For the Committee to receive an update from Adult Social Care Services on COVID-19, to enable the Committee to monitor the ongoing pandemic and scrutinise the ongoing response to COVID-19.
The Director of Public Health for Public Health Dorset introduced the progress report on Public Health and Adult Social Care Response to the COVID-19 Pandemic. The main points raised during the Public Health section of the presentation were as follows:
· Infection rates remain low in the BCP Council area which was not dissimilar to other Councils in the South West of England and was lower than the national average for England.
· Up to 15 May, there were no people admitted or in hospital with Covid and the regional infection rate was 9.4 per 100k of the population.
· There was no observed increase in local infections since the opening up of Step 2 of the Government’s roadmap.
· Observations would be ongoing as to whether the further unlock under Step 3 from the 17 May would lead to local increases in cases.
· The B1.617.2 variant was designated as a variant causing concern nationally and there were rising cases across many Councils, primarily due to community transmission. This variant was currently not a local issue with the South West seeing only low case numbers. Almost all of the cases were connected to recent travel.
· The vaccination rollout was progressing extremely well across BCP and Dorset and 82% of 40-49 years having received their first dose, 43% of 30-39 year olds having received their first dose and 277,000 people in total having received both doses.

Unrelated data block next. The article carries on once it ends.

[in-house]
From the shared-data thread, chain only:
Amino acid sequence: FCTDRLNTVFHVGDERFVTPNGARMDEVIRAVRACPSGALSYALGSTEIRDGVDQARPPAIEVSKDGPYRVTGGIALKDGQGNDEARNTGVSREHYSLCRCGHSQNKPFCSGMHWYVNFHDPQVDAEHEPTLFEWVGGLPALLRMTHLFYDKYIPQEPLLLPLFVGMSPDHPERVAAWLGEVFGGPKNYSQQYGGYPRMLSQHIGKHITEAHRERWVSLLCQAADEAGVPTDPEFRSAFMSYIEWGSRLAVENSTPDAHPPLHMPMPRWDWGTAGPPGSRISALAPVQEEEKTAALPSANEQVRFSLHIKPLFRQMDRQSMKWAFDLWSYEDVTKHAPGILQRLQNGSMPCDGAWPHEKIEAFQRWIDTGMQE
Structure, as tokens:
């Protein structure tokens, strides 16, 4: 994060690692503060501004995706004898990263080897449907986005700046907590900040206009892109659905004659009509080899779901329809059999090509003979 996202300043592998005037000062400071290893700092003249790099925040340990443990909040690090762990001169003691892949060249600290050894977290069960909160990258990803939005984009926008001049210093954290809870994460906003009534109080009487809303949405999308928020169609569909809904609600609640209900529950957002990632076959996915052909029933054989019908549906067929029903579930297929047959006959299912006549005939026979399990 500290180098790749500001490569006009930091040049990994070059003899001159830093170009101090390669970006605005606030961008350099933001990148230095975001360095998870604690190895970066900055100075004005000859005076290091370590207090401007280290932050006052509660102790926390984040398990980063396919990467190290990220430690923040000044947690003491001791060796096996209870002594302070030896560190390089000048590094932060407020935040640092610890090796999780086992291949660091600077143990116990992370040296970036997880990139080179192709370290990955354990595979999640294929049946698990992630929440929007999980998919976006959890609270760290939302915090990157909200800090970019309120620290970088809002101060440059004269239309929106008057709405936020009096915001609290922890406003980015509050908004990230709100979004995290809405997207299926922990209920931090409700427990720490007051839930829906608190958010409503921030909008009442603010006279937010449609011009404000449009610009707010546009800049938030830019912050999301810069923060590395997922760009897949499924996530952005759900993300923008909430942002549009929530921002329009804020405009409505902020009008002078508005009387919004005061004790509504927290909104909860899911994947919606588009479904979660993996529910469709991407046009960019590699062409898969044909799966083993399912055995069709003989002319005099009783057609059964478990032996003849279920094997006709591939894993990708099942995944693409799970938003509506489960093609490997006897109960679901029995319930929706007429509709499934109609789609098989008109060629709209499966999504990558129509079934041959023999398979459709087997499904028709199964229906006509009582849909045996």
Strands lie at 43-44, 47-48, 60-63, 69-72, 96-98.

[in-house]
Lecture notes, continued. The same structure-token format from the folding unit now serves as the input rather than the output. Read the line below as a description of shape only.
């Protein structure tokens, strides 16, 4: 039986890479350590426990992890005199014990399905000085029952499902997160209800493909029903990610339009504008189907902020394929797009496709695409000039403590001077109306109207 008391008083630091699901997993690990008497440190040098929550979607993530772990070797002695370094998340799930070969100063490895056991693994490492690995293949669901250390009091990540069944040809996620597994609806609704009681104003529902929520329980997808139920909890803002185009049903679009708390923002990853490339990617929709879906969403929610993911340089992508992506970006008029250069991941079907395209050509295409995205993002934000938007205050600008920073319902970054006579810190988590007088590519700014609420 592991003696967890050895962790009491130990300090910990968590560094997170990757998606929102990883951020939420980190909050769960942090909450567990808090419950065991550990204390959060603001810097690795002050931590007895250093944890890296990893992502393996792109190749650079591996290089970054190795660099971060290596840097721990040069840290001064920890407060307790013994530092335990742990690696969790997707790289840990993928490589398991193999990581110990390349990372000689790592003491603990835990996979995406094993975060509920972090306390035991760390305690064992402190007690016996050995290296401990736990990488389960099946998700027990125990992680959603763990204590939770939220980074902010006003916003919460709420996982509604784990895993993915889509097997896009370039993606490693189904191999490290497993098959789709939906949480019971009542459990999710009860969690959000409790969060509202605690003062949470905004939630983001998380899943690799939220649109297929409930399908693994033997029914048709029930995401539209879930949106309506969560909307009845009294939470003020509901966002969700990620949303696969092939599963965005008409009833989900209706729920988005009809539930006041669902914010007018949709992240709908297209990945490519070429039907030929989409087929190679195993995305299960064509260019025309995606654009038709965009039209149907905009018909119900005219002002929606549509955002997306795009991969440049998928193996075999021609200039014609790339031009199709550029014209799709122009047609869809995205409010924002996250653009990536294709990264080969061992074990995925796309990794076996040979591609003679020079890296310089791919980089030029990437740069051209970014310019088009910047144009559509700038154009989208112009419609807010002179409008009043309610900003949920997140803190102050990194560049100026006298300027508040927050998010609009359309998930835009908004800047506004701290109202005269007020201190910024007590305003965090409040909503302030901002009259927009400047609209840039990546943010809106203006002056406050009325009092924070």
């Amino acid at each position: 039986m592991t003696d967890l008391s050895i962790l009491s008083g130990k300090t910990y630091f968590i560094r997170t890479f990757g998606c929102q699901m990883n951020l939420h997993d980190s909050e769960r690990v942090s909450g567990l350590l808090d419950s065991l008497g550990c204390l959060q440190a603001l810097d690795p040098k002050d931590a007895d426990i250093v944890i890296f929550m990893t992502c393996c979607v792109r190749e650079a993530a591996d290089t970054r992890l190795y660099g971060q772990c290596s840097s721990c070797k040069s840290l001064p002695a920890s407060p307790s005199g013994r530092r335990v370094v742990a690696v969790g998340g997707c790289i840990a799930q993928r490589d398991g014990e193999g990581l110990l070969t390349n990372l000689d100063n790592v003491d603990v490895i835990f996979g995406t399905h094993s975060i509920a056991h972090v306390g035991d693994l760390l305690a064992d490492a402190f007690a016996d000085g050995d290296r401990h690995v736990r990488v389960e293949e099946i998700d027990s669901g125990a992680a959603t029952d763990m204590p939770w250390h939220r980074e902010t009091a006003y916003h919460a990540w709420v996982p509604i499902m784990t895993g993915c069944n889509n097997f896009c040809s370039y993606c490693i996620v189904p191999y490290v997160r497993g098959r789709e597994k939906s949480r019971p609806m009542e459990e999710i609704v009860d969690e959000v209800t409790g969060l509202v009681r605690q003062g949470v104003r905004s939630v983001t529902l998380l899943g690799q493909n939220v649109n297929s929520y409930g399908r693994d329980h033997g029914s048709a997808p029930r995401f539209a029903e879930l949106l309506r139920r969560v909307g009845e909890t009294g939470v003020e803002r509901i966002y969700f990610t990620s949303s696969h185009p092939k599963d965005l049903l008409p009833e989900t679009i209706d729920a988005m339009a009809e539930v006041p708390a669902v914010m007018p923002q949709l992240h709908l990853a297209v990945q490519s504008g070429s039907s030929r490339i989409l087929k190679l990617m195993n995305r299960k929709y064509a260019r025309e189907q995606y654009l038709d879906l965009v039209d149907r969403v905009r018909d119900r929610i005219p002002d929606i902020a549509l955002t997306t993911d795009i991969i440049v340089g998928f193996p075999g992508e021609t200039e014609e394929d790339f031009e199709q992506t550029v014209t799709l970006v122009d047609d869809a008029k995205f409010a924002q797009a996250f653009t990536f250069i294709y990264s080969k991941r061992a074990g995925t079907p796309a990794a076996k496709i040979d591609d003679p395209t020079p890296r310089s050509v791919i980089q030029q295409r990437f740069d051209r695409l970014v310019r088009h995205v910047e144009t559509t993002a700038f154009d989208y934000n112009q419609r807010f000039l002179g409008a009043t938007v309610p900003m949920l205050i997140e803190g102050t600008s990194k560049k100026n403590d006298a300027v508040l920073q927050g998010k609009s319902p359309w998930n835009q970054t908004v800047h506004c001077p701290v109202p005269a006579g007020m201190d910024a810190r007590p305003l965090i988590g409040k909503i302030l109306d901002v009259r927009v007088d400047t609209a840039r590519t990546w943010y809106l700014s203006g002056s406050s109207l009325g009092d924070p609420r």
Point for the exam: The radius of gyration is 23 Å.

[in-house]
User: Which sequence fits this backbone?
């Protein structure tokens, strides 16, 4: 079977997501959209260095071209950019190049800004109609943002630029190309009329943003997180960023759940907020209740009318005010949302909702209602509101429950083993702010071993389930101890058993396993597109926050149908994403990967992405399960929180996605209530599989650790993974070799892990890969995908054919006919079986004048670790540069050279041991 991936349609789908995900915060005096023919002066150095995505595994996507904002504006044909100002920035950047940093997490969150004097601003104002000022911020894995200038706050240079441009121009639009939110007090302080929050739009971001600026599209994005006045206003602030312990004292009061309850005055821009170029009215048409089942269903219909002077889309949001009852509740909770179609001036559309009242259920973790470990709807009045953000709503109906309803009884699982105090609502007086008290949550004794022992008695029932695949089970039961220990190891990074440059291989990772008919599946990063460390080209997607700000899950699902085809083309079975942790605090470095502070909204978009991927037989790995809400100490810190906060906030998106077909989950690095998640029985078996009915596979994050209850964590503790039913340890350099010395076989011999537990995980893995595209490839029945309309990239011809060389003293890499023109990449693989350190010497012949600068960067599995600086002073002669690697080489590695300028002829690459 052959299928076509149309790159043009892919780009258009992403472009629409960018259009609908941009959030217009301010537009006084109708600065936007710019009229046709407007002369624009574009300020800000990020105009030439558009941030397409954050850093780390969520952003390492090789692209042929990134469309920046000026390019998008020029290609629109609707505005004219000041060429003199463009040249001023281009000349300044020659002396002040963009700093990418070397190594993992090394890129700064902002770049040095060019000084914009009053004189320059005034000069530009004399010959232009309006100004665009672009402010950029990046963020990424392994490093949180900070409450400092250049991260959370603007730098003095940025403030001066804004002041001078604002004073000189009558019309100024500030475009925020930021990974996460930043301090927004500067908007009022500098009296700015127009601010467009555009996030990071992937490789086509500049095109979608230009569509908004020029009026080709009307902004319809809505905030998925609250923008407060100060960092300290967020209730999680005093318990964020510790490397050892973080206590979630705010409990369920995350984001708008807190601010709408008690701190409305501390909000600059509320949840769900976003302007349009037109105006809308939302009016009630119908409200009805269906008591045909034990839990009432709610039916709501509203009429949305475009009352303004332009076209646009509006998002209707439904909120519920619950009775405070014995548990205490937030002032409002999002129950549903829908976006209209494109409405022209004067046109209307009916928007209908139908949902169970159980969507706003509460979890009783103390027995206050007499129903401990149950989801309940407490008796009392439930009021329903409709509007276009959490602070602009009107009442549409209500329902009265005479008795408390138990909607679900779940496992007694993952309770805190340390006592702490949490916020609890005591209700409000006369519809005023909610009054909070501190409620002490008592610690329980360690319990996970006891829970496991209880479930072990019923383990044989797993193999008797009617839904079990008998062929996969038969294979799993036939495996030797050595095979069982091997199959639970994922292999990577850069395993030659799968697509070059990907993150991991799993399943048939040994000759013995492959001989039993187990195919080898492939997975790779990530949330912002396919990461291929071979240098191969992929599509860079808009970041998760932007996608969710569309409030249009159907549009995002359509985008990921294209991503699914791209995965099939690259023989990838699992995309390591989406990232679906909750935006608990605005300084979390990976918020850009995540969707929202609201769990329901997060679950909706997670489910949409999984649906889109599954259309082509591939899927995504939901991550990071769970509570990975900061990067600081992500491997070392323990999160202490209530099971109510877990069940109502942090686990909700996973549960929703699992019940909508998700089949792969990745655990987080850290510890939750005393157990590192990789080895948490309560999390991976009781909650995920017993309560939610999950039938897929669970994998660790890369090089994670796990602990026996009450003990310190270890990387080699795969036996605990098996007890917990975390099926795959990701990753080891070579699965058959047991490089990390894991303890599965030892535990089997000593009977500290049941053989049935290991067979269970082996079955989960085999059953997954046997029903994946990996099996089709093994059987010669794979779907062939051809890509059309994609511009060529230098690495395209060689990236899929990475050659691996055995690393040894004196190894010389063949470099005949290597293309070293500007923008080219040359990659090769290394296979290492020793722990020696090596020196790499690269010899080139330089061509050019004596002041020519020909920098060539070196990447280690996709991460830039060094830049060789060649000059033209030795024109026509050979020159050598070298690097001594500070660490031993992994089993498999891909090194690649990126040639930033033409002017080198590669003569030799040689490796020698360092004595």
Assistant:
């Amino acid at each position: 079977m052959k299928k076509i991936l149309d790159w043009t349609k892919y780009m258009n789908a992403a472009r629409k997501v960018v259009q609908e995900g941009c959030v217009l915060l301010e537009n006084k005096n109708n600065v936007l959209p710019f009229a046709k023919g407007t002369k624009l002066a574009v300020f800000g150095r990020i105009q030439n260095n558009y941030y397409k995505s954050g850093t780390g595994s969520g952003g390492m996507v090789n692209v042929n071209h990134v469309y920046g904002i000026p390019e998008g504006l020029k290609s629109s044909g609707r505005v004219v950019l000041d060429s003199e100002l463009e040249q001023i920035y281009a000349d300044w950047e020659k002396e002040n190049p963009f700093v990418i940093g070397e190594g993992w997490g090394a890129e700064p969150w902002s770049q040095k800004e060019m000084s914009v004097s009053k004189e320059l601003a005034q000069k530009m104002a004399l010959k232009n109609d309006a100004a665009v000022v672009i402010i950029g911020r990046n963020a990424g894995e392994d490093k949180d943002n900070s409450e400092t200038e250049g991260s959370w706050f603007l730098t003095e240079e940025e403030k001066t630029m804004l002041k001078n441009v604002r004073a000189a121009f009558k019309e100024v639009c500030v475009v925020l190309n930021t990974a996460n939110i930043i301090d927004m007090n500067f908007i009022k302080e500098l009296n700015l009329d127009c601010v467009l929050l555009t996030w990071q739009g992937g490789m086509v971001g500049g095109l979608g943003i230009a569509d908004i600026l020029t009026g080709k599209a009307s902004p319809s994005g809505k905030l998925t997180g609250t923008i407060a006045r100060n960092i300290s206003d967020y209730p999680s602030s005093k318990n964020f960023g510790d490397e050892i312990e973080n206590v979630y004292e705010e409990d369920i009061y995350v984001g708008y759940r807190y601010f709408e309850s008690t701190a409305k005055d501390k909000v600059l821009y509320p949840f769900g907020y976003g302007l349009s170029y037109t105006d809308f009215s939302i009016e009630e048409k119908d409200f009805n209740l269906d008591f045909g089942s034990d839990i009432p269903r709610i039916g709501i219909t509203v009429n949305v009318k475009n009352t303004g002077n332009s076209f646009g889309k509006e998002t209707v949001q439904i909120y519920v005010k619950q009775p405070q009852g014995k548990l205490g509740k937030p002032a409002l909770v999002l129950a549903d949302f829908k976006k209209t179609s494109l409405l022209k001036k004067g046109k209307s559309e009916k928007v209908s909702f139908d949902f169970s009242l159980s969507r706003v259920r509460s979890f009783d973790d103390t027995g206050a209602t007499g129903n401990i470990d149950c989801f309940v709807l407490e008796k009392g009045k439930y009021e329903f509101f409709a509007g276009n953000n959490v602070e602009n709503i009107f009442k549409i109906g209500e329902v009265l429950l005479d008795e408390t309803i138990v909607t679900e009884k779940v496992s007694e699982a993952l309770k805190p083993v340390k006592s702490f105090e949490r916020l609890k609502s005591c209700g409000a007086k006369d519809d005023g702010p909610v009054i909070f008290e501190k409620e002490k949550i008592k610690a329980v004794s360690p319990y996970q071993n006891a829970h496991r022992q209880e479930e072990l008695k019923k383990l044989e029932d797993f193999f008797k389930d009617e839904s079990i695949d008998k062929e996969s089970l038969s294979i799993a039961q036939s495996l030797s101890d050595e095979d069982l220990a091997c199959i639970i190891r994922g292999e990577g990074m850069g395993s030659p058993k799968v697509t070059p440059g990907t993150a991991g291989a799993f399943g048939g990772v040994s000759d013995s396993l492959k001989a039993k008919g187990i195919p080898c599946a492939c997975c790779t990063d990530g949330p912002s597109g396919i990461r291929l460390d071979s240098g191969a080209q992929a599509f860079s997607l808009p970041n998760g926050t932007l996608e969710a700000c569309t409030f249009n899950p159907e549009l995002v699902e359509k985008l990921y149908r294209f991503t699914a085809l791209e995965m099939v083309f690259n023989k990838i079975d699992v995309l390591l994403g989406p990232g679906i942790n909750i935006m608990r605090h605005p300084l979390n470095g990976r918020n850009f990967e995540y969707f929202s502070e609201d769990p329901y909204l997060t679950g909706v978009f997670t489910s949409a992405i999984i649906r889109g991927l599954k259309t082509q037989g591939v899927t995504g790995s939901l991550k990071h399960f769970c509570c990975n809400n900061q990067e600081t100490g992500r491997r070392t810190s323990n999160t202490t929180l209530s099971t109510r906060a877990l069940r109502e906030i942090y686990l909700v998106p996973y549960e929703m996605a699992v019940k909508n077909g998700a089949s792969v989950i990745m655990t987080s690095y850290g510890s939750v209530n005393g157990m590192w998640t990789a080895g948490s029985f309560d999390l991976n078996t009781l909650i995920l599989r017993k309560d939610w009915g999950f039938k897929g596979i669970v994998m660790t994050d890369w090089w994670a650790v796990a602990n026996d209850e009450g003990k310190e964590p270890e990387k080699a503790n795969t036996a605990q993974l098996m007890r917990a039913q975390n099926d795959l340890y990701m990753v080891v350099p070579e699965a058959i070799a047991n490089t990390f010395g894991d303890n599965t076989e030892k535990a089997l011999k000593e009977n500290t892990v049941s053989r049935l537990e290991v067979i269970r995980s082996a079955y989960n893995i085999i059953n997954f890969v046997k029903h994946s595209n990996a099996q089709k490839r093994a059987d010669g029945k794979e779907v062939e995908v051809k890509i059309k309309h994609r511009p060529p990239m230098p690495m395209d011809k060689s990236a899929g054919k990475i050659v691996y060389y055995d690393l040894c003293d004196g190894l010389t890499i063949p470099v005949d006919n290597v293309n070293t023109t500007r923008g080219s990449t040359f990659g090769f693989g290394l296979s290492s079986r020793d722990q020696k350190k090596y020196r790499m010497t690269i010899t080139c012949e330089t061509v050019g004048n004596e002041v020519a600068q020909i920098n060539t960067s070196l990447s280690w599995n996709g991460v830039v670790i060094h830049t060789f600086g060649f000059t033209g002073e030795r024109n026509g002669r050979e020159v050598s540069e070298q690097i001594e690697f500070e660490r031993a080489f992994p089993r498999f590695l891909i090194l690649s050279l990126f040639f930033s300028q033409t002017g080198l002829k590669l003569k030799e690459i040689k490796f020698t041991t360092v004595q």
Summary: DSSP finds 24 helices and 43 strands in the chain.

· The vaccine progress and the low case rates were not cause for complacency and the Committee heard that there was still a very fine balance between the opening up of the economy, tourism and travel industries and the concern around the spread of new variants.
· There had been a revised local outbreak management plan published in March and the priorities that were set for continuing to live with Covid-19 were clear.
· These priorities included a rapid response to outbreaks, the mobilisation of rapid community testing with a focus on the more vulnerable, close working with the Test and Trace system to identify contacts, enhanced surveillance to inform rapid suppression of cases, vaccine coverage assurance and an inequalities plan with funding to work to close the gap in uptake and finally a planning surge for testing of variants of concern.
· Maintaining the confidence in public adherence toward social distancing and hygiene measures was still a key issue and the cuddle with caution was highlighted as a possible area for concern depending on how it was interpreted by the public.
· Another key issue was the vigilance for any spread of the B.1.617.2 variant in the BCP population.
· The continuation of the vaccination offer and its prospective uptake was also a key issue.
· Further key issues highlighted were the increase in national mobility, the risk of importing infections from higher rate areas, the monitoring of infection rates in the younger population and the deployment of behavioural insights and communications strategy to respond to any signs of increase in cases.